Friday, October 02, 2009

Day of the Assassins review

I don't read YA. Now I know why. Though YA novels seem to be picking up popularity amongst adult readers, I don't think I'll become part of that phenomenom. There are just too many problems with the quality of the writing, let alone the storyline. I accept time travel as a sci-fi plausibility. That has nothing to do with problems with the adventure novel.

Day of the Assassins follows the adventure of the teenager, Jack Christie as he travels back in time to 1914, before the assassination of Archduke Ferdinand.

Traveling back in time, Jack first gets caught on a ship with huge crates and large guns. Why is the narrator pointing out 'fifty-eight-ton gun barrels" and the smaller "twelve-pounder guns." Does Jack know what they are? Jack doesn't like like school or history much (though he plays a WWI video game) so I don't know if he's supposed to know what a fifty-eight ton gun barrel looks like. Is the reader supposed to know what they are? I know there are teens out there with far greater knowledge of war and weapons than myself, but I wonder if they have the faintest idea.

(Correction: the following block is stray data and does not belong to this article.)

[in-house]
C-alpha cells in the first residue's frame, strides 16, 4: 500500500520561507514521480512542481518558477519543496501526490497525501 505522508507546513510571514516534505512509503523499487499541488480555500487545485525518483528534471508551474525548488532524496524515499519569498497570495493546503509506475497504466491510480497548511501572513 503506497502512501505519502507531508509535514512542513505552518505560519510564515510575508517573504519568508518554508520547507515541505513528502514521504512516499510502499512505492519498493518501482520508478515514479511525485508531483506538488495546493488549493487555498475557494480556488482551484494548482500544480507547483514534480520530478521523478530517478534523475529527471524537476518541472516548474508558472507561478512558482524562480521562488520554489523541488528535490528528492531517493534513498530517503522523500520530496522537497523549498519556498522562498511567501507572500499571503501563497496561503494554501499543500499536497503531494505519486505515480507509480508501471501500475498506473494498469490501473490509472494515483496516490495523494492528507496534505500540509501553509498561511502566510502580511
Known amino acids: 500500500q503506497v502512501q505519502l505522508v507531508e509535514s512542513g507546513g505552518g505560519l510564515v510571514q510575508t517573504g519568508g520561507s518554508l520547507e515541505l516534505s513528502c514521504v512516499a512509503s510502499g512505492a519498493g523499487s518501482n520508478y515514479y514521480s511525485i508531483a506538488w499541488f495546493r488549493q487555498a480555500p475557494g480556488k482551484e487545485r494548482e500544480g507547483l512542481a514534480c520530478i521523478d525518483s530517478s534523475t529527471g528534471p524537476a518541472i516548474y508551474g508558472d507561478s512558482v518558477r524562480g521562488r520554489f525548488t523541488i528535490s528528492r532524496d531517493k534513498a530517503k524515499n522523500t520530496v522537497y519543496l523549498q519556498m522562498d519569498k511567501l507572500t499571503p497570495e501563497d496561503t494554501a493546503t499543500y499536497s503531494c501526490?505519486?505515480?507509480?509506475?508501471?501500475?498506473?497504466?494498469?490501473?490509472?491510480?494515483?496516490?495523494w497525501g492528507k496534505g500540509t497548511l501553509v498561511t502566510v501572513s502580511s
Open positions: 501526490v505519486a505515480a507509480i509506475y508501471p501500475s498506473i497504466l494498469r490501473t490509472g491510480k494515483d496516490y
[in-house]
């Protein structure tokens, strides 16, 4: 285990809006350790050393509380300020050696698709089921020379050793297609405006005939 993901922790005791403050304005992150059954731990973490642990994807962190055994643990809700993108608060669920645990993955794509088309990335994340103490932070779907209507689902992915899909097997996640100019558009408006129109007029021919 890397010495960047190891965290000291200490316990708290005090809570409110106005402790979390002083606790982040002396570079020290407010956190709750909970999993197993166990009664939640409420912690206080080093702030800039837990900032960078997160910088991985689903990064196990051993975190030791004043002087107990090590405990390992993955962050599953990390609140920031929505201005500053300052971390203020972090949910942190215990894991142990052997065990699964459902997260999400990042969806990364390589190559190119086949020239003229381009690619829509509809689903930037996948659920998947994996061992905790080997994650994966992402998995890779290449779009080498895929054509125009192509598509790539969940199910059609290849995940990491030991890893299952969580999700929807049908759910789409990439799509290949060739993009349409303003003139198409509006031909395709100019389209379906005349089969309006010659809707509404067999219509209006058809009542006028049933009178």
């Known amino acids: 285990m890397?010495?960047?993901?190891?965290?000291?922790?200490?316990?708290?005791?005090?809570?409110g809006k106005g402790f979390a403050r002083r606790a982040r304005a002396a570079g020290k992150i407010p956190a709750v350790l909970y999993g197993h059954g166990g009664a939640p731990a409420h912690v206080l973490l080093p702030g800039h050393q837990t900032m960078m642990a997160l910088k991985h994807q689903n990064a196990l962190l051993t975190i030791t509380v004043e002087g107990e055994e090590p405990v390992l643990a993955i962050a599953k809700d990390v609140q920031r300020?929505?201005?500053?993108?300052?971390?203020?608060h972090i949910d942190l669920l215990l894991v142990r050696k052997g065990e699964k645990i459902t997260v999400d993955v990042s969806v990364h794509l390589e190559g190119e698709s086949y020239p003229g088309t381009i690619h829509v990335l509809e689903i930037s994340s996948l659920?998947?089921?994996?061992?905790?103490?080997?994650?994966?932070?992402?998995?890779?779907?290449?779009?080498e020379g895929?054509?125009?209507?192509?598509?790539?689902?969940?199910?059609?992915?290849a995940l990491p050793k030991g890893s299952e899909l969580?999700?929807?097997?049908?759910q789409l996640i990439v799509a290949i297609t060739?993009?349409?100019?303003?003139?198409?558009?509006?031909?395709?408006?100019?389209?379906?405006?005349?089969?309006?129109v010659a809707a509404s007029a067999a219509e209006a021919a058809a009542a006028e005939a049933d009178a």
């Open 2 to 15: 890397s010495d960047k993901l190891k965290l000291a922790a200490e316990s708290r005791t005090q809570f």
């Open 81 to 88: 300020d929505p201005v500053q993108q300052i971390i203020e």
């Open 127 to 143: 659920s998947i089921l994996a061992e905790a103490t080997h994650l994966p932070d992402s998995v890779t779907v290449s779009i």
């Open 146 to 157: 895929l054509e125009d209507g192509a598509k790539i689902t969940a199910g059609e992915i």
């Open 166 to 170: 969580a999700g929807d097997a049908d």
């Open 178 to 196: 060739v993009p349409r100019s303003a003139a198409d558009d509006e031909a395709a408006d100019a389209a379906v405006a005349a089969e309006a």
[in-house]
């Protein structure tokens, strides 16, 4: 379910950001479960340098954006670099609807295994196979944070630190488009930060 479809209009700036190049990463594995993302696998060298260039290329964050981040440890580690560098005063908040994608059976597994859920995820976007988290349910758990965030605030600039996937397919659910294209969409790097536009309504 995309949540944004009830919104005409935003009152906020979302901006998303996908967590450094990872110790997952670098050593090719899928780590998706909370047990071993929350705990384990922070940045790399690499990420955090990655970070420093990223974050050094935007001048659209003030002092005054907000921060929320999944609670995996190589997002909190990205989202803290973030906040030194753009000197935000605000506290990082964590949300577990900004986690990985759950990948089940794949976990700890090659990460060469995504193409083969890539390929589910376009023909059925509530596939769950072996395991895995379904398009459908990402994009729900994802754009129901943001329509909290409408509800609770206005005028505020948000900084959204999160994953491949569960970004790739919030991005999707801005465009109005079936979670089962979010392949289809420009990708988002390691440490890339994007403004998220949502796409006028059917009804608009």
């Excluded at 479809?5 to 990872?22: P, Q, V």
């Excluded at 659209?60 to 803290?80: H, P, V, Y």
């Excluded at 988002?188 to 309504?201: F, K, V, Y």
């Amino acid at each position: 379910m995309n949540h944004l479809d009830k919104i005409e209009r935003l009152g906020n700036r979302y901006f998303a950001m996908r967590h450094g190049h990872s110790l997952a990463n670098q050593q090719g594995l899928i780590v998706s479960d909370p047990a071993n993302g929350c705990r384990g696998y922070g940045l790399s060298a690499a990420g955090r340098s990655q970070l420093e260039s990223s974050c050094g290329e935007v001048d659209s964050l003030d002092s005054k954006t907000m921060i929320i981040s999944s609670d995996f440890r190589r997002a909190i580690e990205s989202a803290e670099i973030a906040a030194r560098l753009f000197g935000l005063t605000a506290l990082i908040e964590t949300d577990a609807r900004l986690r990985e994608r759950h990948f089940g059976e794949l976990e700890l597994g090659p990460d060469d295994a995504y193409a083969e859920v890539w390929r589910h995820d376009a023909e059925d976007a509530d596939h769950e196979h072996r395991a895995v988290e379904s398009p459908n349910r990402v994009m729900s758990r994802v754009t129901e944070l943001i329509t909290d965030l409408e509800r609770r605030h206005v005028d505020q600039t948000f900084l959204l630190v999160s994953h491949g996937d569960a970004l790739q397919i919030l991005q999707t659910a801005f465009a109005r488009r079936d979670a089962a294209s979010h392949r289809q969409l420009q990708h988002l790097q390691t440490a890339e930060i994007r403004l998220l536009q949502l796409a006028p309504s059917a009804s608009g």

My wife complains that I pick out the inconsistencies of movies and feel that I have to let everyone else watching, know that such and such didn't happen or couldn't have happened. Good thing she couldn't have heard my thoughts as I read this book. She would have thrown it at me.

However, I do know who would be perfect to review this 14 year old goddaughter and maybe that's the point. It was written for her and her schoolmates. Not a thirty-year old picky reader.

Library Book Sale

Last Saturday morning, my sister and I were up early to get to the quarterly Medford Public Library Book Sale. The sale, held partly outdoors (mass market paperbacks $.50 ea.) and partly in two old garages behind the library, has become a must visit for me. During my last trip, I came away with a first edition Shadow of the Wind and a few other collectible books. And since I'm not collecting much anymore, I was able to spend some cash on some paperbacks. For $10.50 I got 11 books. Nice days work.

A few of the key finds were:

The Art of Detection by Laurie King
A Monstrous Regimen of Women by Laurie King
The Darwin Conspiracy by John Darnton
The Somnambulist by Jonathan Barnes
Arthur and George by Julian Barnes
Legacy of the Dead by Charles Todd

I'm halfway through The Darwin Conspiracy and although it's Possession-lite and not nearly as enjoyable as I was hoping, it's still a good lunchtime read.